Personal experience and individual feelings — even when others share those experiences and feel those feelings — are among the weakest of rationales for shifting theology and changing doctrine. The reason the church does theology and arrives at doctrine is to protect us from our natural tendency to turn what we feel into what we believe.
Feelings of warmth and acceptance are natural with respect to people we love, like, and respect. To lack them is virtual sociopathy. Yet the Bible calls Christians to stand for truth - not with rancor or anger, but with the right balance of kindness and firmness.
Not to uphold the Bible’s teaching on human sexuality is to show a lack of love. Sexual intimacy as God intended it - within the covenant of marriage between one man and one woman - is beautiful, life-affirming, and life-giving. Sexual intimacy outside these parameters, however enjoyable transiently, leads to the withering of the soul and the erosion of society.
Pastor Davis is right: We cannot derive our theology from our emotions. Theological doctrine stems from another source, the unchanging Word of God, and is as it is because a loving Designer enables us to realize our sexuality best in the context of heterosexual, monogamous marriage.
March 5, 2014
Former British Prime Minister Winston Churchill spoke at Westminster College in Fulton, Missouri, on this day in 1946. His phrase — “an iron curtain has descended across Europe” — was seen by some as the beginning of the Cold War. But Churchill wanted nothing more than to rally the democracies to take a strong stand, a united stand for their own freedom.
Churchill understood Russia’s great suffering during World War II. More than twenty million Russians, Ukrainians, and other peoples of the then-USSR had perished in what they called “the Great Patriotic War.” Churchill certainly wanted no new world war.
His message was essentially the same that wise American presidents from George Washington to Ronald Reagan had spoken of — peace through strength. With President Harry Truman on the same stage, the honored world statesman said:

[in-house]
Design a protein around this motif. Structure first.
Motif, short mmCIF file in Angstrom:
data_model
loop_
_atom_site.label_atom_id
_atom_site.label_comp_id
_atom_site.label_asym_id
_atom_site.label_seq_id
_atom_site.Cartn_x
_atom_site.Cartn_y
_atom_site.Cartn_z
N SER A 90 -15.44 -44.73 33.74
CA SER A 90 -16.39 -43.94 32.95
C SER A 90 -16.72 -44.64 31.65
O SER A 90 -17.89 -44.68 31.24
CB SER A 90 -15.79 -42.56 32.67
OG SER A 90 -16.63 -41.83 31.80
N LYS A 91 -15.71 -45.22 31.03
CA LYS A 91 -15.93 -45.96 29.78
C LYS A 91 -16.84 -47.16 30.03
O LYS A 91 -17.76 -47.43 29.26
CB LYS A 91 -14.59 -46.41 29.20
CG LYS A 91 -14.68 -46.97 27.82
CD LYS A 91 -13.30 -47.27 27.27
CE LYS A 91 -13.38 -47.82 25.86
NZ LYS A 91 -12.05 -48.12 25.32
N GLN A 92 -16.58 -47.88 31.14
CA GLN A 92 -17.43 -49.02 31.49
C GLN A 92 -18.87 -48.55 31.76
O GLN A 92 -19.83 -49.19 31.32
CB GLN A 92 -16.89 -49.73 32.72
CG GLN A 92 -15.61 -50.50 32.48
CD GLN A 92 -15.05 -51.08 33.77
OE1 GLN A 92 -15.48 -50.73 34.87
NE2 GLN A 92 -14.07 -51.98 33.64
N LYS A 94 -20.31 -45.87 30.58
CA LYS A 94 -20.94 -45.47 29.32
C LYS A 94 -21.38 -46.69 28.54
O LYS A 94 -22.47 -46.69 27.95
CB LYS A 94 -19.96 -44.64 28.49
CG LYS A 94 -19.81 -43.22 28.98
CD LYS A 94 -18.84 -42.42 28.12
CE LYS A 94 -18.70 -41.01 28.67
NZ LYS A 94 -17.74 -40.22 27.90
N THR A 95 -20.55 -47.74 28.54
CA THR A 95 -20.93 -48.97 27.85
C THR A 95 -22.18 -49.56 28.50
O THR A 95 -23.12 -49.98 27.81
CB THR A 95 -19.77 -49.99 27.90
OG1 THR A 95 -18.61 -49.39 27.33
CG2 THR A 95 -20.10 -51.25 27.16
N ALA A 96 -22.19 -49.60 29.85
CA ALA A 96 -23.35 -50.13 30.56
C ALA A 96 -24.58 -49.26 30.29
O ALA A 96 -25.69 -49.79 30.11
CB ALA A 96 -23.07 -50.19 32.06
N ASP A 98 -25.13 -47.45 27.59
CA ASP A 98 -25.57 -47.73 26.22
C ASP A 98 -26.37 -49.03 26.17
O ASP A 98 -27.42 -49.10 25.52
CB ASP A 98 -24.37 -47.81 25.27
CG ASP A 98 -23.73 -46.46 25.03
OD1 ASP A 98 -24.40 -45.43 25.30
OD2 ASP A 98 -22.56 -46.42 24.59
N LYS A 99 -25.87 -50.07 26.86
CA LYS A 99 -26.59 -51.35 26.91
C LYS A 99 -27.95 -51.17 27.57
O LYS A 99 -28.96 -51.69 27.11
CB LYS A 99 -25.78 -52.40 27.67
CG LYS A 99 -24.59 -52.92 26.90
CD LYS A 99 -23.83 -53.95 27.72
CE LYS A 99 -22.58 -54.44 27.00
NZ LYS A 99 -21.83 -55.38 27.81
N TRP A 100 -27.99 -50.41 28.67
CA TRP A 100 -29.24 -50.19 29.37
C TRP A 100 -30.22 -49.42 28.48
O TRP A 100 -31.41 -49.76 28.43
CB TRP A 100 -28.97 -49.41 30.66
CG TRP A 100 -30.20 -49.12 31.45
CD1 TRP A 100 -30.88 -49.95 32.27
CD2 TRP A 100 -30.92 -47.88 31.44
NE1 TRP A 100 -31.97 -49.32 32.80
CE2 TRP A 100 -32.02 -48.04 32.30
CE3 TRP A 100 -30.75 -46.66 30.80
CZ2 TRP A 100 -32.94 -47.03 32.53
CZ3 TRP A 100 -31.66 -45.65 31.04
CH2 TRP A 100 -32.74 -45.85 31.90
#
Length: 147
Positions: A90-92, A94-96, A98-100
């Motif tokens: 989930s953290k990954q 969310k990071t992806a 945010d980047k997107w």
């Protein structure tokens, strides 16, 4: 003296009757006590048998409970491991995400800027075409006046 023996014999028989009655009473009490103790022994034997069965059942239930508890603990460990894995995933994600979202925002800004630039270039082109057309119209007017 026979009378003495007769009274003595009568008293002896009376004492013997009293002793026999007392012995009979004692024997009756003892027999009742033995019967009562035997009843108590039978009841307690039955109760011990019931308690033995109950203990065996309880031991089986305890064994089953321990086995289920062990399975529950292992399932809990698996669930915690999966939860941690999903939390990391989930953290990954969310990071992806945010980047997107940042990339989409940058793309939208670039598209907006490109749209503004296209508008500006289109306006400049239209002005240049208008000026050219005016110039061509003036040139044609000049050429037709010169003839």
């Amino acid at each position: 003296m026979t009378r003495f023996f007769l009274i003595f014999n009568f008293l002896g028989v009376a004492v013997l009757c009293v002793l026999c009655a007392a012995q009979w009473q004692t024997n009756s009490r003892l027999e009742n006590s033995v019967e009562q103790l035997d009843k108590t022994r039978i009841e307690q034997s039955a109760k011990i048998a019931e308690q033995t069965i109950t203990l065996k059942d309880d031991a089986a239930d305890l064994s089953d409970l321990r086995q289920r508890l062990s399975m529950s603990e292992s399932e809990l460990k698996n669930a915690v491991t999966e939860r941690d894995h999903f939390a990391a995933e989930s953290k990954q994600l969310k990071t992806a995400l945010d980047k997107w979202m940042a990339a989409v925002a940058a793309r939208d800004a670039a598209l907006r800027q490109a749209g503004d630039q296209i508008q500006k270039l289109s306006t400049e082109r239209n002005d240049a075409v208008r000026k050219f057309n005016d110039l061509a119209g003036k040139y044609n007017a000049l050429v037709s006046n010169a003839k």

February 28, 2014
On Wednesday, a U.S. district judge in Texas ruled that the state’s law defining marriage as the union of one man and one woman was unconstitutional. District Judge Orlando Garcia’s ruling adds to a growing list of rulings striking down state marriage amendments. Judges in Utah, Oklahoma, Ohio, Kentucky, and Virginia have been all too willing to substitute their individual judgment for the voice of the people on a question that our Constitution leaves to the political process.
District Judge Garcia recycles the faulty reasoning seen in other marriage cases in recent weeks. Specifically, he asserts that Texas has no rational basis for recognizing marriage as the union of a man and a woman, ignoring the state’s argument that marriage should be recognized as such in policy because the state has a legitimate interest in ensuring that a man and a woman who bring a child into the world raise that child as dad and mom. The vast majority of Texans share this historic belief. With Wednesday’s ruling, their right to uphold that ideal has been trampled on as Texas politicians such as Senator Ted Cruz have pointed out.
Judge Garcia chose to overlook the fact that as a class of people, only opposite-sex couples are biologically capable of having children and that as a class, same-sex couples are not. By failing to acknowledge this fundamental difference, Judge Garcia bypasses what this discussion is all about: the understanding of marriage as an institution that brings men and women together to responsibly care for any children their union produces. Texas has no interest in affirming who a person can love; it does have an interest in ensuring that children are raised by their mom and dad. Marriage best accomplishes that purpose and should be recognized as a legitimate and indeed rational interest.